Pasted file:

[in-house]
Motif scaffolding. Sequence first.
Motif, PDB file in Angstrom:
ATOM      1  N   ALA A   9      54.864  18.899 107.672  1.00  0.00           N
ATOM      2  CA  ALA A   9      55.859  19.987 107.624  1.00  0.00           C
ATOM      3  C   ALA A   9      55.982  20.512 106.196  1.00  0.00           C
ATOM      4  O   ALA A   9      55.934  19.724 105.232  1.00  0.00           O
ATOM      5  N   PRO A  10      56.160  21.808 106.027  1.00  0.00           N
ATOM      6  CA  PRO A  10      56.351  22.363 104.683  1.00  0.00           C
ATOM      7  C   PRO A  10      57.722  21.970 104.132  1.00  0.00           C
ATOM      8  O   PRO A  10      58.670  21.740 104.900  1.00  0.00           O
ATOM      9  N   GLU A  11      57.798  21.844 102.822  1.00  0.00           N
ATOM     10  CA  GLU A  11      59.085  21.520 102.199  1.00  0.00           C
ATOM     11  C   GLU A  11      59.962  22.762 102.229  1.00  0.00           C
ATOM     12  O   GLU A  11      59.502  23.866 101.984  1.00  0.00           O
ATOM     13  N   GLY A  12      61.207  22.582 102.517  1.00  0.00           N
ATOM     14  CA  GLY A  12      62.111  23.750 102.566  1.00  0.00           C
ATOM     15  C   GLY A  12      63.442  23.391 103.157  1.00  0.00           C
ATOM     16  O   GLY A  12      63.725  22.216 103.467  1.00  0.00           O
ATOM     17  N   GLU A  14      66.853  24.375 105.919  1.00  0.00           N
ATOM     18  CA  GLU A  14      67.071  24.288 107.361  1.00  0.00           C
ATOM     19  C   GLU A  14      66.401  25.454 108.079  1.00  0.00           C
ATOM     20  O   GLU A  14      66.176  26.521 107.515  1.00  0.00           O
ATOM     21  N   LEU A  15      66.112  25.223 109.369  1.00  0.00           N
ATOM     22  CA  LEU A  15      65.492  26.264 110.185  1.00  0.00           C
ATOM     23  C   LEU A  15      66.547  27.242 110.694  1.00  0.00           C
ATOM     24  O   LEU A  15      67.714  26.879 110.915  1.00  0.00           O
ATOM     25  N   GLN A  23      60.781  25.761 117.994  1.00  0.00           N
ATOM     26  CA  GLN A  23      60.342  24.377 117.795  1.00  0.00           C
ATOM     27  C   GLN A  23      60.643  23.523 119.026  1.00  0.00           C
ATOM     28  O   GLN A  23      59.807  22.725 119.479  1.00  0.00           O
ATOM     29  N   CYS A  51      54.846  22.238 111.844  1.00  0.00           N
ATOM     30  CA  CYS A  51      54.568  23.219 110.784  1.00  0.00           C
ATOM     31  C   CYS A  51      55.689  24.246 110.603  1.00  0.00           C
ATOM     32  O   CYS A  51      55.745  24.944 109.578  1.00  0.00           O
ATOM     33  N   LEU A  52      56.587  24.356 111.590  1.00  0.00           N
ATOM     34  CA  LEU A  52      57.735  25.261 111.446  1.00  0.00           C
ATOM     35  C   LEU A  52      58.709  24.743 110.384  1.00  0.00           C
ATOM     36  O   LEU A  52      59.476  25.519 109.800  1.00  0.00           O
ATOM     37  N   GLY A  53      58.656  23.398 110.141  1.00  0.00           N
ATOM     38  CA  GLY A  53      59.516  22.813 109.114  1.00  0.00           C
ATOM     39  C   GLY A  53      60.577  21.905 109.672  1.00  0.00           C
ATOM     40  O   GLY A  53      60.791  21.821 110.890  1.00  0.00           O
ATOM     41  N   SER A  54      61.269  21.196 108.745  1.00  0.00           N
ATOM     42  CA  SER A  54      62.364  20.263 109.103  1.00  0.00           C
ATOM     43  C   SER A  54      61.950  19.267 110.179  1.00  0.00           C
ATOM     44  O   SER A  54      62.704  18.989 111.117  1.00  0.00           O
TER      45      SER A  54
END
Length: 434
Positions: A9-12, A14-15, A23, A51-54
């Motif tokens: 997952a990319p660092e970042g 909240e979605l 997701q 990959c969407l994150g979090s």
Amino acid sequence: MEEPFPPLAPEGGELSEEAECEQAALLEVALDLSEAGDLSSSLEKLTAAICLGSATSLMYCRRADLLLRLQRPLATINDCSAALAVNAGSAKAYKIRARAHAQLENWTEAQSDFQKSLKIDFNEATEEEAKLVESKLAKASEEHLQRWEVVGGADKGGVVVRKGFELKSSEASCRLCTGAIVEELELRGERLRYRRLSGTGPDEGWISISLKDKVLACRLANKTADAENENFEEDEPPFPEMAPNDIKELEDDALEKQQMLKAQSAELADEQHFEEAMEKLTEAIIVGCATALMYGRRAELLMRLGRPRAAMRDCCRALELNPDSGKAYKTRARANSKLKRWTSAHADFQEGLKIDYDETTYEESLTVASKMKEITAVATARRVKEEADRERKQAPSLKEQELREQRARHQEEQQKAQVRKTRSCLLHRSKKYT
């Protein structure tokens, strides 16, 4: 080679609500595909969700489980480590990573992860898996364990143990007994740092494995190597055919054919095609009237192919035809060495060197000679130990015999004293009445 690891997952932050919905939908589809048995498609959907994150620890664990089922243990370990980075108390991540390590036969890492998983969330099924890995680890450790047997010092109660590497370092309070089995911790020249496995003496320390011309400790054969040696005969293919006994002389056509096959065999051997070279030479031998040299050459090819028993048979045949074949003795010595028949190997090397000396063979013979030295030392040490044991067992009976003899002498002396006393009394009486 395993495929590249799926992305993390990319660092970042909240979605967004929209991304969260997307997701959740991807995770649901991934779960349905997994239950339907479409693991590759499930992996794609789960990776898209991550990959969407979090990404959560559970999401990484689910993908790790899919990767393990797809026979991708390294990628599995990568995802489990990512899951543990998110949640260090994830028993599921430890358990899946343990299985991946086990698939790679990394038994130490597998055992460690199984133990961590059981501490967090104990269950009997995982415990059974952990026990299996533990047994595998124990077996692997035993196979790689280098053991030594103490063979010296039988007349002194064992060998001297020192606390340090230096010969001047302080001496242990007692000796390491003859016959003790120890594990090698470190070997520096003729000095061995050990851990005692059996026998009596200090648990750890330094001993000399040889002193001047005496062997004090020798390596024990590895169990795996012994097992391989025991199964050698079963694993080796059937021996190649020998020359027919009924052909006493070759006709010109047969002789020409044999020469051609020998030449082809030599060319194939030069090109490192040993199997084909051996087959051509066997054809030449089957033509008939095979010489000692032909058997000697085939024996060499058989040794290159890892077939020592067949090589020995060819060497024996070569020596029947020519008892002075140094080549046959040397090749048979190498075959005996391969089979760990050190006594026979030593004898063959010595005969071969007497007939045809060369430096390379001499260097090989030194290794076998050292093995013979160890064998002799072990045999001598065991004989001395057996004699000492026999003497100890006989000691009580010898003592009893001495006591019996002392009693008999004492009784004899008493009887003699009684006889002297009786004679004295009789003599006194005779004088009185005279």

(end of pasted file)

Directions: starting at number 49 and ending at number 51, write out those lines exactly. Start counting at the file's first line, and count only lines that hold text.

END
Length: 434
Positions: A9-12, A14-15, A23, A51-54